Shaw also mentions institutional corruption as an effect of clericalism, and I can’t argue there. But it’s not a corruption that comes from bishops’ and priests’ overplaying the sacrosanctity that ordination earned them, even if it relies on the laity’s remnants of respect for it in order to succeed. I don’t see clericalists making themselves little emperors of their domains — living in palaces, drinking from golden goblets, barking orders to underlings, and reveling in pleasures of the flesh — out of sacerdotal hubris. No, their clericalism is something meaner: found in cronyism and petty power plays, maneuvering and word-parsing with teams of lawyers, untoward delight in the grinding wheels of bureaucracy; and in little compulsive acts, such as ordering the pastoral center to be repainted, as one bishop I know did, just a lighter shade of gray (while blithely reassigning priests with perverse sexual appetites).
Today’s clericalists aren’t little emperors; they’re middle managers. They don’t have too much pride in the sacredness of their vocation; they have too little.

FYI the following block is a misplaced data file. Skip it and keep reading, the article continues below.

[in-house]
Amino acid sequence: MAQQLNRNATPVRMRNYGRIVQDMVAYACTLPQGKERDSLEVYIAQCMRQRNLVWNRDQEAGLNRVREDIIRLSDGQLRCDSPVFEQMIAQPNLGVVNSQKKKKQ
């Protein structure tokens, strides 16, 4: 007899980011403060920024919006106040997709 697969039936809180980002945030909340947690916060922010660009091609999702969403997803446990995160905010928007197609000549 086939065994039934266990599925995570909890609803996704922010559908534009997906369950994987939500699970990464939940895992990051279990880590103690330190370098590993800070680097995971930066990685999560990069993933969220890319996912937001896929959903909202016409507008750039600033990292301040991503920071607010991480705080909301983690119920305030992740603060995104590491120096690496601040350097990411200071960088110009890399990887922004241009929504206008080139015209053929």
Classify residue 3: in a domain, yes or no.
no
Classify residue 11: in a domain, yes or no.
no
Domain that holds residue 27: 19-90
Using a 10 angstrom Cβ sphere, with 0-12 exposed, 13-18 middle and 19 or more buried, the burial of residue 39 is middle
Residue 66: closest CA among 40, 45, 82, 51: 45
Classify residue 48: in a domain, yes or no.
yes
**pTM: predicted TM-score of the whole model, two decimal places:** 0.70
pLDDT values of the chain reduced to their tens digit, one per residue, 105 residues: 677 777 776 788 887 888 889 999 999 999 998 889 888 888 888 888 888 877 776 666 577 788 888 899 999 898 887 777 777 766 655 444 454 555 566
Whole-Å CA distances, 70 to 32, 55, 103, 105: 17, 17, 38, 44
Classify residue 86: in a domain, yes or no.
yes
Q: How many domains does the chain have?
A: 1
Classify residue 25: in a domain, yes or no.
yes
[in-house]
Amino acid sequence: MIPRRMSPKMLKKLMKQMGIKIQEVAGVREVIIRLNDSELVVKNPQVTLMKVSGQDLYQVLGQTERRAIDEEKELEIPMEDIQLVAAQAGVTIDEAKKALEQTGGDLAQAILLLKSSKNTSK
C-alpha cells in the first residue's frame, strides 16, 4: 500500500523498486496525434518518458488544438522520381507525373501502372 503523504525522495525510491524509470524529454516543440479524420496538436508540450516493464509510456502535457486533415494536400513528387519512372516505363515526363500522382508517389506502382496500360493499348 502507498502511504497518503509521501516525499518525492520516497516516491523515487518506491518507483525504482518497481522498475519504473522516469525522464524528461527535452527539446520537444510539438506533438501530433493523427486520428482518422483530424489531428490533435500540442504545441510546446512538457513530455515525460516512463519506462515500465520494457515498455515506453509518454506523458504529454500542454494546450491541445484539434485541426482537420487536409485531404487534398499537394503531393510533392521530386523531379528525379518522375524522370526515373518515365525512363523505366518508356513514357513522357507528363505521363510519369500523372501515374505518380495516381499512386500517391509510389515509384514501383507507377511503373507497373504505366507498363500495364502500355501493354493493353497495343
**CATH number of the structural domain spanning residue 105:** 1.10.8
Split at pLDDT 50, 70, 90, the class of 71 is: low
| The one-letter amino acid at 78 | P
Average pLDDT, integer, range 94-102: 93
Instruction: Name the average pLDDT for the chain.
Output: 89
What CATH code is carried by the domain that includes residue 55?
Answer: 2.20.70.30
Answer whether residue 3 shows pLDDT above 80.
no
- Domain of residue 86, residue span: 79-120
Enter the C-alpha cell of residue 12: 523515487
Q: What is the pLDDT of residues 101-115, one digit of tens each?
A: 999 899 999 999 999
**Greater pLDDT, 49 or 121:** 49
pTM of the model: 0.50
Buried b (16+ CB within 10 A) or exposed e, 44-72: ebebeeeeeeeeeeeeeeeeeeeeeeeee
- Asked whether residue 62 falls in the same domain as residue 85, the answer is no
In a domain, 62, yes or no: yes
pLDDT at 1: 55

Indeed, the root of this kind of clericalism may be the same as the root of the ostensibly anti-clericalist attitudes of some clergy: a crisis of confidence (which may be itself a crisis of faith) in the ineffable wonder, power, and glory of the priesthood.
Not long ago, Catholic World News blogger Diogenes remarked on a comment made in reference to Episcopal Bishop Gene Robinson (yes, that one), viz., that he “knows his sheep and accepts them as equals.” This was meant as a compliment, yet, said Diogenes, to “call a man a pastor is to assert a ‘species gap’ between him and his flock” — a condition that only makes sense in light of a strong belief in the efficacy of the Sacrament of Holy Orders; a belief that thereby a man is changed so as to belong to “a supernaturally different order.” Thus the pastor who makes himself another sheep, or treats the flock like a hundred fluffy white little pastors, does not perform his office well.
Now, leaving aside the true point that belonging to such an order is not strictly inconsonant with being an “equal” to someone else, or certainly with being a sacrificial servant (isn’t that what a pastor is, after all? Surely the sheep benefit more from their association than he does) to the species in his care, we can appreciate this point, and grasp its connection to our subject. For who is more likely to behave like our modern clericalist: the priest who humbly sees himself as part of a supernaturally different order, with all the magnificence and responsibility native to it, or the priest who has been trained to blur the difference, and thus diminish the senses of magnificence and responsibility? Which is likelier to be less the alter Christus and more the middle manager? Needless to say, I’d wager the latter.